Director: Steven Spielberg
Production Company: Universal Pictures
I’ll admit to being caught up in the hype of Jurassic Park‘s recent 3D re-release, and it gave me that hankering to see it again you get with a good movie you haven’t seen in a really long time. I didn’t go to see it in the theater, though – no 3D for me, thank you very much. I bought it in HD on iTunes instead.
Oh, what a treat it was to revisit this cinematic masterpiece. And when I say cinema, I really mean visual: I don’t think anyone can claim the plot isn’t as full of holes as the dinosaur DNA it purports to use to generate real-life sauropods. Considering that the film is twenty years old now I can give it some slack; a lot of the discoveries and advances in paleontology have happened in the past decade or so (did anyone know that birds are now taxonomically considered living dinosaurs?).
But whether he can pick a good story or not, Steven Spielberg knows his visuals, and in Jurassic Park he pulled out all the stops. It’s truly telling that only now, after twenty years, does the CGI begin to show through. The effects used at the time were monumentally groundbreaking, and he used such a clever mix of miniatures, animatronics and CGI that it even today is hard to discern the truly fake stuff from the tangible, real-world models.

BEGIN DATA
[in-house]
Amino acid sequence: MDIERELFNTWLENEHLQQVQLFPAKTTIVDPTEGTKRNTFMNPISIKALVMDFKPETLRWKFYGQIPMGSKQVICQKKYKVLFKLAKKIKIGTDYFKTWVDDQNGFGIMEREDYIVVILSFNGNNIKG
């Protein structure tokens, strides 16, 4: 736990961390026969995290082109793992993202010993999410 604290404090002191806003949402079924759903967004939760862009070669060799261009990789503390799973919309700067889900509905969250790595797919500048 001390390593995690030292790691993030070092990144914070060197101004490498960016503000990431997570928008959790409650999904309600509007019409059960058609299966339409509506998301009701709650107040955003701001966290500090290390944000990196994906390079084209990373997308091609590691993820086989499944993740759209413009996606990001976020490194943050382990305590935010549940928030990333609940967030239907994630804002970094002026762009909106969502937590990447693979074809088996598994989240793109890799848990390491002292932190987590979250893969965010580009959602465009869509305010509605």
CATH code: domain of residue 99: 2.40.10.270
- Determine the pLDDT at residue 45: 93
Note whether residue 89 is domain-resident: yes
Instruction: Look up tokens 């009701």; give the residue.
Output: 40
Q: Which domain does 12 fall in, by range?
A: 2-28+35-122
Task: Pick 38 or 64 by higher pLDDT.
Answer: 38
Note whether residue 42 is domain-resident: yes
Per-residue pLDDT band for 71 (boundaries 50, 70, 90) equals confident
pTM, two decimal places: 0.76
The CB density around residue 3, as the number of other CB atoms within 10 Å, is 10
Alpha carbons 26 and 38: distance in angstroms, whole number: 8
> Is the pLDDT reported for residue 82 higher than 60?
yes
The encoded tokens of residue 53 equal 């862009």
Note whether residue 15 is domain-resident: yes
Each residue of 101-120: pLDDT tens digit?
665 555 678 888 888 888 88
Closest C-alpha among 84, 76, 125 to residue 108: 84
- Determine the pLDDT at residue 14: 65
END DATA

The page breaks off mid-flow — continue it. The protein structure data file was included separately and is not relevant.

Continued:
My biggest concern in approaching it with a nine-year-old, of course, was that Jurassic Park has some pretty intense scenes, and I remember being scared the first time I watched it – how was Little Satis going to react? Remember this scene?
Or this one?
Steven Spielberg seems to have a thing for severed limbs.
But surprisingly, he didn’t seem too fazed. There were moments when he asked to snuggle, but at the end of it all, he stood up and said, “That was one of the best movies ever!” I thought he might have nightmares (I know I did), but he slept sound. Kids these days.
I’m glad I bought it, because it’s one of those movies that you end up wanting to watch over and over again (now I want Forrest Gump for some reason). I really didn’t expect the visuals to hold up nearly as well as they do, and even though my eye is better trained to look out for the tricks now, I could still very much sit back and enjoy the film for itself; the technology (ironically) never got in the way of the film. The scene with the breathing triceratops still blows my mind to this day.